Tony Goodwin on changes to new edition of classic guide
By Annalise Panici
Tony Goodwin, an Adirondack skier and former executive director of the Adirondack Trail Improvement Society, recently published a new edition of his guidebook, “Ski and Snowshoe Trails in the Adirondacks.” Since the first edition in 2003, many changes have been made to trails and tours, reflecting a shift in the popularity of certain recreation areas in the Adirondacks.
Q: What made you decide to update this book?
A: One of the reasons was that recent state purchases had opened up some really interesting new terrain, particularly the Boreas and Essex Chain (tracts). There had been some new trail construction down in North Creek that created this Botheration Pond loop and also reopened the Raymond Brook ski trail. So there were some new opportunities that had already shown to be pretty popular.
That was a way to say goodbye to some of the other trips like Round Pond and Sharp Bridge. I ended up scouting a number of other trips and decided they didn’t work.
One of the other really nice tours that had been in there for a couple of editions was the East Branch of the Sacandaga River, which can be done as a key swap or a long shuttle. We started that one, and didn’t get too far before we came to Diamond Brook. There was a bridge out that looked like it had been out for about 10 years. In other words, not too long after the previous edition went out. There was no indication that anyone was trying to replace it, and it was just enough of a brook that crossing could be really problematic.
Someone who would ski it from the north would get three quarters or more of the way through [the trail], and then find this brook they couldn’t cross, and then they would have to turn around. So that’s how that [trail] came out [of this edition] and Second Pond was the immediate replacement because it was in the same area.
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Q: Would you say in this new edition, you’re trying to expand outside the High Peaks region?
A: I wanted to give people other options that perhaps aren’t such a long drive for them. Coming from the Syracuse area or Utica area there’s skiing closer than the High Peaks. My motivation wasn’t to try to spread out use in trails, but it was to give people other options.
Q: I noticed this book explores different ability levels for trips and trails. What is the process for you to explore levels for novice and experienced skiers alike?
A: I’ve skied for a long time with a lot of other people of varying abilities. So that’s how I had the ability to judge whether the trails were novice, intermediate, expert, or somewhere in between. I put in that description that John Fredo came up with, which I thought was a real shorthand, amusing way of distinguishing the basic levels of cross country skiing ability. [John Fredo] was a longtime manager of Northfield Mountain (a cross country ski area down in Massachusetts). They cater to a lot of first time skiers who are very inexperienced.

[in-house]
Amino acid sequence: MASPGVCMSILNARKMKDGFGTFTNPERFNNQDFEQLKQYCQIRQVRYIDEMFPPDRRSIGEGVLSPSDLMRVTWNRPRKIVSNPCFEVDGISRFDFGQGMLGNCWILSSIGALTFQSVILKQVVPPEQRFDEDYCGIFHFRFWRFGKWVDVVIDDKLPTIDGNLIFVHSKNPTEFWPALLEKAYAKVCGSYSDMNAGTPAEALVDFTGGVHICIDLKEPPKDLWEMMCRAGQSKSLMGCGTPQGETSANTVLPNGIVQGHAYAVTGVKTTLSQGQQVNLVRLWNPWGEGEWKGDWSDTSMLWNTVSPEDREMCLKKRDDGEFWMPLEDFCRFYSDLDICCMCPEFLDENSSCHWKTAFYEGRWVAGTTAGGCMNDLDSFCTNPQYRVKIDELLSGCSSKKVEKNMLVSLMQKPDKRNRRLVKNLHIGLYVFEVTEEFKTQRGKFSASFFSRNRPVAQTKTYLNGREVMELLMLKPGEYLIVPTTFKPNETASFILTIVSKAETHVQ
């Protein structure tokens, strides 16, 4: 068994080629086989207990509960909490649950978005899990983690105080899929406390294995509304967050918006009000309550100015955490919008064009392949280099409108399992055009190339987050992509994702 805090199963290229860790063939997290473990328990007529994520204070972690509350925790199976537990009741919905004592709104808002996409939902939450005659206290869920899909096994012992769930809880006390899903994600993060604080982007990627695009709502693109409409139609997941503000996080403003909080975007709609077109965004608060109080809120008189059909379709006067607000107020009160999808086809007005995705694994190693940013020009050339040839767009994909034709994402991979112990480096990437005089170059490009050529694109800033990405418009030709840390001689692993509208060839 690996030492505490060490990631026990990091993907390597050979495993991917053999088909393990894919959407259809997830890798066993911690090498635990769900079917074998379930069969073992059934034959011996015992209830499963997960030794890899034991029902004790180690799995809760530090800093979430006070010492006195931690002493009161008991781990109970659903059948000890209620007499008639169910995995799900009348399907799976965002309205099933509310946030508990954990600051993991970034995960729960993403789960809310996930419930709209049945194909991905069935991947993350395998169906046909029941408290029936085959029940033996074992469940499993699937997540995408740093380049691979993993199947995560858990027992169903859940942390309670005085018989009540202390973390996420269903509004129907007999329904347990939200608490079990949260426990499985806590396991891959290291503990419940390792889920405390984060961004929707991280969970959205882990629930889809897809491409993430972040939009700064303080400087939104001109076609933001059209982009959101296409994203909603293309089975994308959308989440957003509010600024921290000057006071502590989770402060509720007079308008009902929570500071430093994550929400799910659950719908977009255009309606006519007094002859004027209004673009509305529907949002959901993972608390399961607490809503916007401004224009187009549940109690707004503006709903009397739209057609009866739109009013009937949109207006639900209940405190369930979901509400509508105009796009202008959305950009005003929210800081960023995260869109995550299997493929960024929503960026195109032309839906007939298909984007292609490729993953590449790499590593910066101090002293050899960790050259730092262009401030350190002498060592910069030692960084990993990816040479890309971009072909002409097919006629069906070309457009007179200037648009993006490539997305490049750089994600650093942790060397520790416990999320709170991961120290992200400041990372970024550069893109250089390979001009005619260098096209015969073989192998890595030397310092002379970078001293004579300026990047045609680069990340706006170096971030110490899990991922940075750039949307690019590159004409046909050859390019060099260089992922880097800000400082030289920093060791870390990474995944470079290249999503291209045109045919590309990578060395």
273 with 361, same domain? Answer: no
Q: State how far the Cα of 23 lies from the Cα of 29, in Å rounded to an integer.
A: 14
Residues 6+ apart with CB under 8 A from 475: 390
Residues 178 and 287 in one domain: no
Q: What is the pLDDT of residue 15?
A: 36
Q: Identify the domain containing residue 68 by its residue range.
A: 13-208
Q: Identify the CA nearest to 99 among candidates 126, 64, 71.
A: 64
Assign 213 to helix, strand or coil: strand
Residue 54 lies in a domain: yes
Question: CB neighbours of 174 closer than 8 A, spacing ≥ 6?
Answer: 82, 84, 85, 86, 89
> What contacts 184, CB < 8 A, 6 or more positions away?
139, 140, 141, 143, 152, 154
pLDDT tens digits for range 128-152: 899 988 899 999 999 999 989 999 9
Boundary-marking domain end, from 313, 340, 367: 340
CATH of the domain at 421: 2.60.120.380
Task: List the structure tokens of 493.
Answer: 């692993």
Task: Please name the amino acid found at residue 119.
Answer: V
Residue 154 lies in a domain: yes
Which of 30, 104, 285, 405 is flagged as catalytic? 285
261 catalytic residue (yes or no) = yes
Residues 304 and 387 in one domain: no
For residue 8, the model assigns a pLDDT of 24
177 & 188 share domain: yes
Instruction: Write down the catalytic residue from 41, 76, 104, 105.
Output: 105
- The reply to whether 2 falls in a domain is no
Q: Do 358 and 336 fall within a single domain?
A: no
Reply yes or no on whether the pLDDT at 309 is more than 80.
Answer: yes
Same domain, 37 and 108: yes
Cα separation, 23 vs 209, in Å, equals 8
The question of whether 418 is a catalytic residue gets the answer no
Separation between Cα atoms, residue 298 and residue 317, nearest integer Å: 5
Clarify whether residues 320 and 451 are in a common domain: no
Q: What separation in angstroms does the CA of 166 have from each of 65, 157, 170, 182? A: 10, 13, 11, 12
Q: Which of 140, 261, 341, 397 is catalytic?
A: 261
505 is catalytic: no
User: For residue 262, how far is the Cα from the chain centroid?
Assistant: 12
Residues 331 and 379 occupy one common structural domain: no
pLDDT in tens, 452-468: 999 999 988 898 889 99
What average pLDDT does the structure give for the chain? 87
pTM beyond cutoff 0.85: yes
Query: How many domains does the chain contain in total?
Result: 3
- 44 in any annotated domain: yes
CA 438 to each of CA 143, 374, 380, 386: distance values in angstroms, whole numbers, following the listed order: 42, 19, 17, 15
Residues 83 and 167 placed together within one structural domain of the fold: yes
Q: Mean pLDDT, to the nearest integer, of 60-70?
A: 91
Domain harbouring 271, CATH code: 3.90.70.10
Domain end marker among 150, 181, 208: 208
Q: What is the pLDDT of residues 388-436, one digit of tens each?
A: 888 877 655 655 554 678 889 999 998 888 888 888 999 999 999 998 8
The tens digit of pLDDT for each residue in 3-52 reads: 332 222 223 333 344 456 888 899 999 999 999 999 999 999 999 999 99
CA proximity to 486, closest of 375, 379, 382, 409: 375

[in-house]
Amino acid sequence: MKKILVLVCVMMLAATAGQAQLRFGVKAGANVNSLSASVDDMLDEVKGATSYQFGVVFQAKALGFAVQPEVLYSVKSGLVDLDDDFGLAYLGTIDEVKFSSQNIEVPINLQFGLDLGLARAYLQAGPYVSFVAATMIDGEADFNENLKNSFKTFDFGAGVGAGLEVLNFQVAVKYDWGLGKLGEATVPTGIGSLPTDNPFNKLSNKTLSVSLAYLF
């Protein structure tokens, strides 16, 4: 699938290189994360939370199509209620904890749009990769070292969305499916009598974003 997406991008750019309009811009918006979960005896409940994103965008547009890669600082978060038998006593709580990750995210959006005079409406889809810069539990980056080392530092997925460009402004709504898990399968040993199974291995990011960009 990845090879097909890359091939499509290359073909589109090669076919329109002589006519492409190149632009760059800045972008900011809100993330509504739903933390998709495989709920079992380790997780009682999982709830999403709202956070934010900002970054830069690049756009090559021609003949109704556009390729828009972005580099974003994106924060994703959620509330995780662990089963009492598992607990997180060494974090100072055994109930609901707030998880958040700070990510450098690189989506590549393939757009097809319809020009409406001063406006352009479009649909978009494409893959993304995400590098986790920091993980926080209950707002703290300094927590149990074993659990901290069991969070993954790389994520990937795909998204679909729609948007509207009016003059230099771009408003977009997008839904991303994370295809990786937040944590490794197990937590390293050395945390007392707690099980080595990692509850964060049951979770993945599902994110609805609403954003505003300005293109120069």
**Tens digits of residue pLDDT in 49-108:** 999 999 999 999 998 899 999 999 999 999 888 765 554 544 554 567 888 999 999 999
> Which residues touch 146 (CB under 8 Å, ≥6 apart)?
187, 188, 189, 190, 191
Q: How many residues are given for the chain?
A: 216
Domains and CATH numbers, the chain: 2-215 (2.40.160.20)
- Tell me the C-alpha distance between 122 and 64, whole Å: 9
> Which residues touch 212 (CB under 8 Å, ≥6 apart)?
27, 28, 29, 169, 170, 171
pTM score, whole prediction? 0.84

When you came in to Northfield Mountain, you were handed a sheet of paper that explained “novice, intermediate, and expert” classifications on the trail system. So I put that system in the book, but then decided to do a more complete description of the trails. A novice trail would be something where you might be coasting along, but not have to make any turns. Obviously, it’s all somewhat subjective.
Q: When you were making those classification levels (novice, intermediate, and advanced) what were the factors on the trail you considered?
A: One consideration is the width of the trail. The wider the trail, the easier it is to control your speed. If there was a steep pitch with a real sharp turn at the bottom, and failing to make the turn would mean you were in a brook, then I might not even put that in the book to begin with. Raymond Brook ski trail has lots of options for how to ski it. The woods were open enough on the steepest part, that someone who really wasn’t skilled could still manage to ski across the slope, do a kick turn, traverse back, do another kick turn, and get down that way. There’s also the factor of how well packed the snow is. With knee deep fresh powder you’re obviously not going to need as much control as if it were hard packed.
More about Tony Goodwin
Tony Goodwin looks back on seven decades blazing trails, in this article by Mike Lynch that originally ran in our magazine.
Tony Goodwin and his dad, Jim, atop Pyramid Peak in 1966 after cutting the trail to the summit. Tony was 16 at the time. Photo courtesy of Tony Goodwin
Q: Would you say that you notice an increase in backcountry skiers since the last edition?